Caps end skid, edge Thrashers, 2-1

Semin's first NHL goal gives team second victory

Hockey

November 01, 2003|By Sandra McKee | Sandra McKee,SUN STAFF

WASHINGTON - The Washington Capitals are still looking for their offensive stars, but for one night, anyway, they played the thoughtful, controlled defensive game they have to play to win, and held on to a 2-1 victory over the Southeast Division co-leading Atlanta Thrashers.

The win ended the Caps' eight-game winless streak and six-game losing streak and provided their first winning celebration since opening night at MCI Center. Washington is 2-7-1, heading into tonight's game at Minnesota.

"I can't afford to wring their necks," said Capitals coach Bruce Cassidy when asked if that action entered his mind after seeing his team return to the kind of winning style that earned Washington its only other victory, against the New York Islanders.

That night, the Caps made good decisions, got the puck behind the opposing defense, worked hard to regain possession and set up their own scoring chances while preventing the opposition from developing any cohesiveness.

Until last night, that game plan had been all but abandoned.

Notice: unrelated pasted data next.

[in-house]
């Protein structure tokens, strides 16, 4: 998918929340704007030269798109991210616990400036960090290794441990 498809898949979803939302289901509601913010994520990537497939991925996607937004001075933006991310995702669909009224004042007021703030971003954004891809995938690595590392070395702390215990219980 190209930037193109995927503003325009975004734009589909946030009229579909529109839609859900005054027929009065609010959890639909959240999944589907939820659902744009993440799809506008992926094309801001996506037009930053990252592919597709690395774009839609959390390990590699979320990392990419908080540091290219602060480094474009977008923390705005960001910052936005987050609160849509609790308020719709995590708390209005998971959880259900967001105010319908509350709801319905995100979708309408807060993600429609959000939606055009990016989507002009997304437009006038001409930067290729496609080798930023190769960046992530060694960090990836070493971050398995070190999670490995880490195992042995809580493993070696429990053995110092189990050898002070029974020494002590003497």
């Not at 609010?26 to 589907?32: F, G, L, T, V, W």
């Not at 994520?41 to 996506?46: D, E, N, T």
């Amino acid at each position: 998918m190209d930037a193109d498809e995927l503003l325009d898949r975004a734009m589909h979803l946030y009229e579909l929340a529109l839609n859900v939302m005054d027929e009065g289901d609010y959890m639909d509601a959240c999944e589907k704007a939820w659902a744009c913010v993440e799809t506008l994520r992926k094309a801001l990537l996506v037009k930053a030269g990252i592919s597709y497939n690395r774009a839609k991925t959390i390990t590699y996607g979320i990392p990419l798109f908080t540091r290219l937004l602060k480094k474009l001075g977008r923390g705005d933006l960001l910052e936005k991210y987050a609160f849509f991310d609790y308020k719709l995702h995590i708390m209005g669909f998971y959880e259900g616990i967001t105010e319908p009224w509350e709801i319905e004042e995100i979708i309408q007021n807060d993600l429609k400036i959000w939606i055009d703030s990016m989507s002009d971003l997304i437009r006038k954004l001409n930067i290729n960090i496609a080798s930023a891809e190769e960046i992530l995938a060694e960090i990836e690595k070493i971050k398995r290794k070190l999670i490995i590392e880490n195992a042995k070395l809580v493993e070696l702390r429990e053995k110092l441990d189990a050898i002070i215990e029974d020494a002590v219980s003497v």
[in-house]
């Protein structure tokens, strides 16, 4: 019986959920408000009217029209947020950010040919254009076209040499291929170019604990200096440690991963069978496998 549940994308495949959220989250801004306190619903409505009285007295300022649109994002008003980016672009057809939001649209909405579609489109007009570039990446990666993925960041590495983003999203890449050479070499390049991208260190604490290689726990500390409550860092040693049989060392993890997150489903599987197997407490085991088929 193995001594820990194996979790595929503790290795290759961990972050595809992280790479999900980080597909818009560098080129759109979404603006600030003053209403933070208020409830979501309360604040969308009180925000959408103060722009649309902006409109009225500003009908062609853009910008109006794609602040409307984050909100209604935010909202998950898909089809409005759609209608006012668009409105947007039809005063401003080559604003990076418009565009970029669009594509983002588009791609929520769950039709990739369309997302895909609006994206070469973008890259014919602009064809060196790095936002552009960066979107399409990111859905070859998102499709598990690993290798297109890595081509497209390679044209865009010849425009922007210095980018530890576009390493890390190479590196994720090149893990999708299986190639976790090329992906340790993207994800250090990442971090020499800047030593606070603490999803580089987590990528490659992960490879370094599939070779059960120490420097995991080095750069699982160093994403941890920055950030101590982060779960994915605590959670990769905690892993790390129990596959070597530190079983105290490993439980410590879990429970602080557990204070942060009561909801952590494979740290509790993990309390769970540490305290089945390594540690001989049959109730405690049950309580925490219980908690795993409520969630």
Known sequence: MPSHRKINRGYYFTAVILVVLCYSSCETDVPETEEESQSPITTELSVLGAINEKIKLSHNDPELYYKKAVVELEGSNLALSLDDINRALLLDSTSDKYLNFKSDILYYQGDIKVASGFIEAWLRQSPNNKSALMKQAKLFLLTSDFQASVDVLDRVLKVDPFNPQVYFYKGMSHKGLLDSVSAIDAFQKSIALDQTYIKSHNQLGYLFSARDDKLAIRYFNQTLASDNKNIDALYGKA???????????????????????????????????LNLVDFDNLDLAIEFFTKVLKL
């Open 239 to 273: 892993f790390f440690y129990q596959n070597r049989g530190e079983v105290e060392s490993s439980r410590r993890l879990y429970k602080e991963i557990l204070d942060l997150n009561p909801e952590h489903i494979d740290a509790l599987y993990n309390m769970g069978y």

"You want to understand why they can't see it themselves," Cassidy said. "I hope they buy into it because it works for us."

The goals in this game did not come from Jaromir Jagr, Robert Lang, Peter Bondra or Dainius Zubrus. Instead it was two fine performances by Matt Pettinger, a four-year man who had scored just eight career goals, who scored his second of the season and Alexander Semin, a 19-year-old rookie from Russia, who returned to the lineup after sitting out the past three games.

Semin had been buzzing around Atlanta goalie Pasi Nurminen (36 saves) much of the first period, so it was no surprise to Nurminen when he saw Semin raging toward him with a little more than 30 seconds to go in the period.

What surprised him was the move.

Semin came in fast, drew Nurminen to his right and then pulled the puck around him to score backhanded into the empty net.

"The goalie forced him to make that play," said Peter Bondra, acting as interpreter for Semin, who does not speak English. "He is very happy to have his first NHL goal."

The goal was a rarity in more than one way. It was a power-play goal, just the team's ninth in 57 chances. It was the Caps' second goal of the first period, for only the second time this season. It was Semin's first NHL goal. And it gave Washington the lead for the rest of the night.

"We definitely played with vigor and determination and we played hard the whole game," said Caps goalie Olie Kolzig (19 saves). "But we've still got a long way to go to claw our way out. It's going to be a lot of work because playing like this is not easy."

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